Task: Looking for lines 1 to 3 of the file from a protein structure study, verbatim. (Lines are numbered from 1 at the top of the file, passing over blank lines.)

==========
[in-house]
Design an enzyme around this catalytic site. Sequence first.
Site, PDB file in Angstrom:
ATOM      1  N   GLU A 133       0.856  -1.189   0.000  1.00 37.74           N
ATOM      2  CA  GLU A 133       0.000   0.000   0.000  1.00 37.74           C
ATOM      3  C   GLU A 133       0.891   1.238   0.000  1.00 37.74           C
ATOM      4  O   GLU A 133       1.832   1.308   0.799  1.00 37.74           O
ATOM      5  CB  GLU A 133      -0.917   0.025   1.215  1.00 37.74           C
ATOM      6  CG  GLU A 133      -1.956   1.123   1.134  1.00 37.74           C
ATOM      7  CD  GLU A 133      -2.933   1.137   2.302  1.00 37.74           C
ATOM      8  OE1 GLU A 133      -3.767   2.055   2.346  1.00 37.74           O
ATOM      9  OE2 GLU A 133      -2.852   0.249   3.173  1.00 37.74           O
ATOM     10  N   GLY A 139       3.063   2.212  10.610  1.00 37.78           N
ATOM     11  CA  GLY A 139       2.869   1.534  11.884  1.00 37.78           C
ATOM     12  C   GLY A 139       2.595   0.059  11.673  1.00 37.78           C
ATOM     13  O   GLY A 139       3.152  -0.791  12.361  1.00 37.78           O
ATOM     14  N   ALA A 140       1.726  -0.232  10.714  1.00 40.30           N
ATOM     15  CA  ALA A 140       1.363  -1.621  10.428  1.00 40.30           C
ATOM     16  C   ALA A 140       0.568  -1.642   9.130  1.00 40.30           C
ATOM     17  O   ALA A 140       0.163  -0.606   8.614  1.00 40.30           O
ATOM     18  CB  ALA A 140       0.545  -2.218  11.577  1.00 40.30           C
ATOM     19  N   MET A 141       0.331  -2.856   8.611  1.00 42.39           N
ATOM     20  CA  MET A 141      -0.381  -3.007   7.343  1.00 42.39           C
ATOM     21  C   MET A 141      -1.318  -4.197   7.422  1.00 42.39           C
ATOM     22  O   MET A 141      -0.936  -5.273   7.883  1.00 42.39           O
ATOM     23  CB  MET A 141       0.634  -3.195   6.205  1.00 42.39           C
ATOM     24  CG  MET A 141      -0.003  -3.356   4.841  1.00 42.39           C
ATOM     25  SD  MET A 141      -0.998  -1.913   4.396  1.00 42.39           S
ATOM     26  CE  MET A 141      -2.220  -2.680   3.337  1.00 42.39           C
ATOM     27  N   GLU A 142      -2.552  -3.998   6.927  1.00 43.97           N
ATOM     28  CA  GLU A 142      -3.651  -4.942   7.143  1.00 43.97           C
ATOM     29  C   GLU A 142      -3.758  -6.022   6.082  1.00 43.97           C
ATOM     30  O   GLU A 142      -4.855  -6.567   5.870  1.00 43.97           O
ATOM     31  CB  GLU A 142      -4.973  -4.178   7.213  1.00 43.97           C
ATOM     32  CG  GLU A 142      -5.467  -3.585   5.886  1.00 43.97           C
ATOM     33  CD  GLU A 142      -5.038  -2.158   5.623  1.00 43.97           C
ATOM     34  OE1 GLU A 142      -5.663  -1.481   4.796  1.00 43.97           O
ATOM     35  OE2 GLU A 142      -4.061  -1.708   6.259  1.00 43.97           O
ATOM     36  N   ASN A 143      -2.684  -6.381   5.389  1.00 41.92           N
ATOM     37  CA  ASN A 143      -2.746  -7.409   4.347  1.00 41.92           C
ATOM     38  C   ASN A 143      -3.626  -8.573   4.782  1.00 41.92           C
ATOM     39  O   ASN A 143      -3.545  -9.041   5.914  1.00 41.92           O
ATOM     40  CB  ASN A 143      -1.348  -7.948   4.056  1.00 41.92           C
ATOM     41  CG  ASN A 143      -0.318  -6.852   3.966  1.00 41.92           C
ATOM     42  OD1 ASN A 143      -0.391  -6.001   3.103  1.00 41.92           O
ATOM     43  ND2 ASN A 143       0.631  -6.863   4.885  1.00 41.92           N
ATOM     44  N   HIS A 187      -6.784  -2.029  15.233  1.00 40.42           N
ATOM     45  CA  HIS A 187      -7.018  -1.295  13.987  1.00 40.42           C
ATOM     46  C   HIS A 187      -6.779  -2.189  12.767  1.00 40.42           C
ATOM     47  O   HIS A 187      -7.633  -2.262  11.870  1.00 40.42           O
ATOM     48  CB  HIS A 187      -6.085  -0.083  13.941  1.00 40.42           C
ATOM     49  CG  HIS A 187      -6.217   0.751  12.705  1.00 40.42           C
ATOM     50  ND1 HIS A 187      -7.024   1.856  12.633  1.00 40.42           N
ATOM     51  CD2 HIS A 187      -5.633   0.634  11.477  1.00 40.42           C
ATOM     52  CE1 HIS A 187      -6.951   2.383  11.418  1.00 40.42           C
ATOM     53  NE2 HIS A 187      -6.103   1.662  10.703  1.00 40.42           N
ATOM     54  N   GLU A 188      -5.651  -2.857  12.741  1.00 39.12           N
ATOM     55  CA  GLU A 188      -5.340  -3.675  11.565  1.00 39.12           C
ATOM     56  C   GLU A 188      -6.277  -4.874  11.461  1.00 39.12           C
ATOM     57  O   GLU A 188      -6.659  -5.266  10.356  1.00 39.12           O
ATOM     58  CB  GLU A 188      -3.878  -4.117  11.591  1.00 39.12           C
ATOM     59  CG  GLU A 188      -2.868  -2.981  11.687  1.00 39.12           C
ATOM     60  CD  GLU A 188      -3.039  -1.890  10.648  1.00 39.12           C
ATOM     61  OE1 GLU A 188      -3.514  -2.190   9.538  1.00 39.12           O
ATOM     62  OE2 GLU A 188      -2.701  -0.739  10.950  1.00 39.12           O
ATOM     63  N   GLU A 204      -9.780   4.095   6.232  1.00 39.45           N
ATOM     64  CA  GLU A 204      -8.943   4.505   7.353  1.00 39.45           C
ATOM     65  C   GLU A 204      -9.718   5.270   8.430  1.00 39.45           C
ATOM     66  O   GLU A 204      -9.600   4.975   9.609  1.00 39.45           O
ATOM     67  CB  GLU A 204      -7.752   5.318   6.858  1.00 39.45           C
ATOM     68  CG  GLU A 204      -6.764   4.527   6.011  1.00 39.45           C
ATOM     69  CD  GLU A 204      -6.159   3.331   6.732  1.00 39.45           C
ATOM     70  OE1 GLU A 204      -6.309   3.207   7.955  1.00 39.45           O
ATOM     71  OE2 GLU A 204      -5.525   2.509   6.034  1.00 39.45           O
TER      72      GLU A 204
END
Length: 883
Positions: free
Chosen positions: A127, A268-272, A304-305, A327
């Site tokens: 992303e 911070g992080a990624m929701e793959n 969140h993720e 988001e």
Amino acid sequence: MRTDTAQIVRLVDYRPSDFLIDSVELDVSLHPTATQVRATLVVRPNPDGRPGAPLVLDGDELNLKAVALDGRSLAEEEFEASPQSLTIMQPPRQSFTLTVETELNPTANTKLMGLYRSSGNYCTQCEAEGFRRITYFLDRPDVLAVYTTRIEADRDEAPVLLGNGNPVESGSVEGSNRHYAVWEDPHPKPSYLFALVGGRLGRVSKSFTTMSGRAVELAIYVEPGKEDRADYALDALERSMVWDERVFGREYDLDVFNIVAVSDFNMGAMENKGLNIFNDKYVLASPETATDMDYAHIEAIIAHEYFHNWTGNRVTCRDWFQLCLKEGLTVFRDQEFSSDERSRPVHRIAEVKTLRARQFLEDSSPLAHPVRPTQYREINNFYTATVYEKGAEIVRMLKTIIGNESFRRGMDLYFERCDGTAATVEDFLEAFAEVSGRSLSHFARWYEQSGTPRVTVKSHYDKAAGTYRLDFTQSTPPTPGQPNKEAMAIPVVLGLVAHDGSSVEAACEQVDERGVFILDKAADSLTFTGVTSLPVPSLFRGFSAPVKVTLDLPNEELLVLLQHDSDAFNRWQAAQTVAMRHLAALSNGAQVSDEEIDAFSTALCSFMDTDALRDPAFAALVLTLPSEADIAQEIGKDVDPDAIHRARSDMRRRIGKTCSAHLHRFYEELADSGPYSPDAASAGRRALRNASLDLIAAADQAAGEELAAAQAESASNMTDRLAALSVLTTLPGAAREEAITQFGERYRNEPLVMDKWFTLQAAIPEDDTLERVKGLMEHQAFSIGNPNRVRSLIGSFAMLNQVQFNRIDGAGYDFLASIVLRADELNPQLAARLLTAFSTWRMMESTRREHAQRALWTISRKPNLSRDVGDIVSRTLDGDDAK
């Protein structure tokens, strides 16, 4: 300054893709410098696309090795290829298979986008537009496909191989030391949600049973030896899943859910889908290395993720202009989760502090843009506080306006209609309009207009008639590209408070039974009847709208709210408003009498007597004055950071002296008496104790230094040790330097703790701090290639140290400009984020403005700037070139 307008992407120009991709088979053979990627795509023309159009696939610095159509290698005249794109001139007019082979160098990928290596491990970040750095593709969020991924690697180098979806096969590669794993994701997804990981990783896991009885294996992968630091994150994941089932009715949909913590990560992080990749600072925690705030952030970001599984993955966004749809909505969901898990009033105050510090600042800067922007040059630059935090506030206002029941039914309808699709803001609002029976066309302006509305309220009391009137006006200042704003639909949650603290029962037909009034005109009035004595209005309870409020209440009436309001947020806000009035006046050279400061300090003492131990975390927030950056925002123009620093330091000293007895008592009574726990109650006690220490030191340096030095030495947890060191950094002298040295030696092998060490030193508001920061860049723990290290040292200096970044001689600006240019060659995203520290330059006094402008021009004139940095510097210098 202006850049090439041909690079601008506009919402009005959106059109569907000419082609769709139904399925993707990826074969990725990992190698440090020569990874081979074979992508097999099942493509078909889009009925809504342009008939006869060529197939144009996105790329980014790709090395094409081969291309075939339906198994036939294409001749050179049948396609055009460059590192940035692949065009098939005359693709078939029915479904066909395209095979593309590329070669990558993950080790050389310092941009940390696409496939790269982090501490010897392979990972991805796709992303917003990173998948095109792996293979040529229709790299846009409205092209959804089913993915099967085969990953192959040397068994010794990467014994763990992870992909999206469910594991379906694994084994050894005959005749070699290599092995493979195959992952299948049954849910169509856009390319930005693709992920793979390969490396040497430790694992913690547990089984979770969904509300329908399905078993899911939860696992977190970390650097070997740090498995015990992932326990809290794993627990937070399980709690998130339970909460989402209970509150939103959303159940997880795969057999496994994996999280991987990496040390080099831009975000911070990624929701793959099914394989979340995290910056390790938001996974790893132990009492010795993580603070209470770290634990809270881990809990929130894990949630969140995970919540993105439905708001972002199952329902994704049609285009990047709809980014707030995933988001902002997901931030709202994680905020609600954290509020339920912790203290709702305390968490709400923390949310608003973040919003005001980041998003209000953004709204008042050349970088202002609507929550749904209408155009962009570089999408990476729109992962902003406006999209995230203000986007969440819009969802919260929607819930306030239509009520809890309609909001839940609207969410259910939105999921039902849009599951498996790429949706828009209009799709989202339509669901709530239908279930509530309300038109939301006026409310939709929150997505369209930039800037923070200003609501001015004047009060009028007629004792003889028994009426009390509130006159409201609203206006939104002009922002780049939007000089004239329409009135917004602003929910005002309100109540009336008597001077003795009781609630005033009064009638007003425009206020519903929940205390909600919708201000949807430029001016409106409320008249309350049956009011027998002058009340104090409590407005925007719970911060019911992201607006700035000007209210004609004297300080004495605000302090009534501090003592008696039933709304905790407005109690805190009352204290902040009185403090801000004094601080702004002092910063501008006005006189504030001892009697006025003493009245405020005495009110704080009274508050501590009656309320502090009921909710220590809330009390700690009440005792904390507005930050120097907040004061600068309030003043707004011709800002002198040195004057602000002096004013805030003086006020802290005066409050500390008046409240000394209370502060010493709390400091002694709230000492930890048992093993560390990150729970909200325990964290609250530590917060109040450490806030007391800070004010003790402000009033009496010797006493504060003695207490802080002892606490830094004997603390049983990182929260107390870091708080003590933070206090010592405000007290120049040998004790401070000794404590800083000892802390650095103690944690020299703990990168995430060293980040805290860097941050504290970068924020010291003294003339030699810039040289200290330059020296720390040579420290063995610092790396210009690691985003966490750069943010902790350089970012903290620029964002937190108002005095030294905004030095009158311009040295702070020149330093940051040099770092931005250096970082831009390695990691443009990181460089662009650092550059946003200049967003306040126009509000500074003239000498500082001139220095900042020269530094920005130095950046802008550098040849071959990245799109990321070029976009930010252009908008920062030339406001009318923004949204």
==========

[in-house]
Design an enzyme around this catalytic site. Sequence first.
Site, PDB file in Angstrom: